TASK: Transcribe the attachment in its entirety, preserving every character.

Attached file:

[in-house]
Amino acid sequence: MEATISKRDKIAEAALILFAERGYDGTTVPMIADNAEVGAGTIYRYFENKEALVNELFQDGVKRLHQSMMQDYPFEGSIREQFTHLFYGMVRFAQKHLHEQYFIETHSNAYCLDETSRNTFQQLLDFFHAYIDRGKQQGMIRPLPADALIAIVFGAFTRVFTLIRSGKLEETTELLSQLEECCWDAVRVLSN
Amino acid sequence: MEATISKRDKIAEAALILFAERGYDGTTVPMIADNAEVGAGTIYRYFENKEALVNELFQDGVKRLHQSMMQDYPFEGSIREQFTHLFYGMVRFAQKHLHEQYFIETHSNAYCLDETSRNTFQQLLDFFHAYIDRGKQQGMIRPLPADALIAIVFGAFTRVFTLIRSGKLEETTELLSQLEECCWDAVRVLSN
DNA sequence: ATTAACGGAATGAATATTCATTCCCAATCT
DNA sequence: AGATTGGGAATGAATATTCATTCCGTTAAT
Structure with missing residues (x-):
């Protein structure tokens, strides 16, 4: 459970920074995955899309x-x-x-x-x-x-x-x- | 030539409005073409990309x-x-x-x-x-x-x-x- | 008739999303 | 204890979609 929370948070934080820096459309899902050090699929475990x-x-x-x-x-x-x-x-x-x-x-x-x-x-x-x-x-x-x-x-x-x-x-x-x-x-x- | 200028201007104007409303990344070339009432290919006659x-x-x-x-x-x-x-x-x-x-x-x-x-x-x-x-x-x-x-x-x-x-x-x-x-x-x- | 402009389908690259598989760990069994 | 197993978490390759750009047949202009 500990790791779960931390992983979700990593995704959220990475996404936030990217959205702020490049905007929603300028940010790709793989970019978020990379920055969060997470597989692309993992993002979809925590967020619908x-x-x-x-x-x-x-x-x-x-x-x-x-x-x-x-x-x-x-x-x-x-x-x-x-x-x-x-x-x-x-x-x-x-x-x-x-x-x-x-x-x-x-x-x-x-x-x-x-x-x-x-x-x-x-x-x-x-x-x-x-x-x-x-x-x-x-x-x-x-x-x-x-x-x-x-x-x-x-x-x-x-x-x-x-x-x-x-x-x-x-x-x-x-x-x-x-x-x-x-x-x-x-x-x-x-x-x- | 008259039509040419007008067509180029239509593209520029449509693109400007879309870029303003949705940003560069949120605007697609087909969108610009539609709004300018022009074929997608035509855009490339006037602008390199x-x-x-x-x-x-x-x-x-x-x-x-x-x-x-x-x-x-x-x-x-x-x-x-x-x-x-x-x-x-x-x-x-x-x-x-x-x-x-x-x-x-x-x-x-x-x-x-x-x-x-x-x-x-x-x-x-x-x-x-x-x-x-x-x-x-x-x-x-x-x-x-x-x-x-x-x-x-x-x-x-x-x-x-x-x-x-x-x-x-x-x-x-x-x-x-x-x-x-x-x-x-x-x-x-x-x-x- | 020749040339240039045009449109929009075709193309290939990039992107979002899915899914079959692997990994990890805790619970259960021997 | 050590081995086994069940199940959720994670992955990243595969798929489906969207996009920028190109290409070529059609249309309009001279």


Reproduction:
[in-house]
Amino acid sequence: MEATISKRDKIAEAALILFAERGYDGTTVPMIADNAEVGAGTIYRYFENKEALVNELFQDGVKRLHQSMMQDYPFEGSIREQFTHLFYGMVRFAQKHLHEQYFIETHSNAYCLDETSRNTFQQLLDFFHAYIDRGKQQGMIRPLPADALIAIVFGAFTRVFTLIRSGKLEETTELLSQLEECCWDAVRVLSN
Amino acid sequence: MEATISKRDKIAEAALILFAERGYDGTTVPMIADNAEVGAGTIYRYFENKEALVNELFQDGVKRLHQSMMQDYPFEGSIREQFTHLFYGMVRFAQKHLHEQYFIETHSNAYCLDETSRNTFQQLLDFFHAYIDRGKQQGMIRPLPADALIAIVFGAFTRVFTLIRSGKLEETTELLSQLEECCWDAVRVLSN
DNA sequence: ATTAACGGAATGAATATTCATTCCCAATCT
DNA sequence: AGATTGGGAATGAATATTCATTCCGTTAAT
Structure with missing residues (x-):
């Protein structure tokens, strides 16, 4: 459970920074995955899309x-x-x-x-x-x-x-x- | 030539409005073409990309x-x-x-x-x-x-x-x- | 008739999303 | 204890979609 929370948070934080820096459309899902050090699929475990x-x-x-x-x-x-x-x-x-x-x-x-x-x-x-x-x-x-x-x-x-x-x-x-x-x-x- | 200028201007104007409303990344070339009432290919006659x-x-x-x-x-x-x-x-x-x-x-x-x-x-x-x-x-x-x-x-x-x-x-x-x-x-x- | 402009389908690259598989760990069994 | 197993978490390759750009047949202009 500990790791779960931390992983979700990593995704959220990475996404936030990217959205702020490049905007929603300028940010790709793989970019978020990379920055969060997470597989692309993992993002979809925590967020619908x-x-x-x-x-x-x-x-x-x-x-x-x-x-x-x-x-x-x-x-x-x-x-x-x-x-x-x-x-x-x-x-x-x-x-x-x-x-x-x-x-x-x-x-x-x-x-x-x-x-x-x-x-x-x-x-x-x-x-x-x-x-x-x-x-x-x-x-x-x-x-x-x-x-x-x-x-x-x-x-x-x-x-x-x-x-x-x-x-x-x-x-x-x-x-x-x-x-x-x-x-x-x-x-x-x-x-x- | 008259039509040419007008067509180029239509593209520029449509693109400007879309870029303003949705940003560069949120605007697609087909969108610009539609709004300018022009074929997608035509855009490339006037602008390199x-x-x-x-x-x-x-x-x-x-x-x-x-x-x-x-x-x-x-x-x-x-x-x-x-x-x-x-x-x-x-x-x-x-x-x-x-x-x-x-x-x-x-x-x-x-x-x-x-x-x-x-x-x-x-x-x-x-x-x-x-x-x-x-x-x-x-x-x-x-x-x-x-x-x-x-x-x-x-x-x-x-x-x-x-x-x-x-x-x-x-x-x-x-x-x-x-x-x-x-x-x-x-x-x-x-x-x- | 020749040339240039045009449109929009075709193309290939990039992107979002899915899914079959692997990994990890805790619970259960021997 | 050590081995086994069940199940959720994670992955990243595969798929489906969207996009920028190109290409070529059609249309309009001279």